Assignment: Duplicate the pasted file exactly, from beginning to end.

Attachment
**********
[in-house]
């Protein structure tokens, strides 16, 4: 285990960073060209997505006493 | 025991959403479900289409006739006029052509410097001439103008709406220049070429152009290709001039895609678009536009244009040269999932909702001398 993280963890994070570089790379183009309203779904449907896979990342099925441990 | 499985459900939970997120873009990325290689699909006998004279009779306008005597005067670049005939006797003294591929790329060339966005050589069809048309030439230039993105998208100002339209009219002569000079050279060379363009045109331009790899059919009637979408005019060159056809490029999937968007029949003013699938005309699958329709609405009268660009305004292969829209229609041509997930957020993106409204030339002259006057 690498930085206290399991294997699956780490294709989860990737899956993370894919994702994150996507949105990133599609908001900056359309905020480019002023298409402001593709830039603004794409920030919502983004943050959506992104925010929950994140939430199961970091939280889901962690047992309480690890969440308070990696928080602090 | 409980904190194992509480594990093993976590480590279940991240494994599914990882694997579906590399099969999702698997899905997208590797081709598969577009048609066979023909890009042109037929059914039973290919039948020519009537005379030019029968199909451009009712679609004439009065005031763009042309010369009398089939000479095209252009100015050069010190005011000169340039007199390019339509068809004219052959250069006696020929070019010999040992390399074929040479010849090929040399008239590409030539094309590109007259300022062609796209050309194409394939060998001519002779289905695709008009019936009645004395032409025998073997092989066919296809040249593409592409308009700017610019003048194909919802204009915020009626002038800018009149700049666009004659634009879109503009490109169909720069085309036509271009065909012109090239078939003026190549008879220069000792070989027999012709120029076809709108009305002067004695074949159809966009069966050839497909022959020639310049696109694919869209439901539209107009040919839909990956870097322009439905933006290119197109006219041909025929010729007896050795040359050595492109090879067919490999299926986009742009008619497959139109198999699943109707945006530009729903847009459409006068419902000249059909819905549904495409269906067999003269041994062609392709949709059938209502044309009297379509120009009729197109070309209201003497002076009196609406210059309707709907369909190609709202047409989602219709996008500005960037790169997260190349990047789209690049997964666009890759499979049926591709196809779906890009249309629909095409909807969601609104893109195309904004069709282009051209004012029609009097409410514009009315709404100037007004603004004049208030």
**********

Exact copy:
[in-house]
């Protein structure tokens, strides 16, 4: 285990960073060209997505006493 | 025991959403479900289409006739006029052509410097001439103008709406220049070429152009290709001039895609678009536009244009040269999932909702001398 993280963890994070570089790379183009309203779904449907896979990342099925441990 | 499985459900939970997120873009990325290689699909006998004279009779306008005597005067670049005939006797003294591929790329060339966005050589069809048309030439230039993105998208100002339209009219002569000079050279060379363009045109331009790899059919009637979408005019060159056809490029999937968007029949003013699938005309699958329709609405009268660009305004292969829209229609041509997930957020993106409204030339002259006057 690498930085206290399991294997699956780490294709989860990737899956993370894919994702994150996507949105990133599609908001900056359309905020480019002023298409402001593709830039603004794409920030919502983004943050959506992104925010929950994140939430199961970091939280889901962690047992309480690890969440308070990696928080602090 | 409980904190194992509480594990093993976590480590279940991240494994599914990882694997579906590399099969999702698997899905997208590797081709598969577009048609066979023909890009042109037929059914039973290919039948020519009537005379030019029968199909451009009712679609004439009065005031763009042309010369009398089939000479095209252009100015050069010190005011000169340039007199390019339509068809004219052959250069006696020929070019010999040992390399074929040479010849090929040399008239590409030539094309590109007259300022062609796209050309194409394939060998001519002779289905695709008009019936009645004395032409025998073997092989066919296809040249593409592409308009700017610019003048194909919802204009915020009626002038800018009149700049666009004659634009879109503009490109169909720069085309036509271009065909012109090239078939003026190549008879220069000792070989027999012709120029076809709108009305002067004695074949159809966009069966050839497909022959020639310049696109694919869209439901539209107009040919839909990956870097322009439905933006290119197109006219041909025929010729007896050795040359050595492109090879067919490999299926986009742009008619497959139109198999699943109707945006530009729903847009459409006068419902000249059909819905549904495409269906067999003269041994062609392709949709059938209502044309009297379509120009009729197109070309209201003497002076009196609406210059309707709907369909190609709202047409989602219709996008500005960037790169997260190349990047789209690049997964666009890759499979049926591709196809779906890009249309629909095409909807969601609104893109195309904004069709282009051209004012029609009097409410514009009315709404100037007004603004004049208030």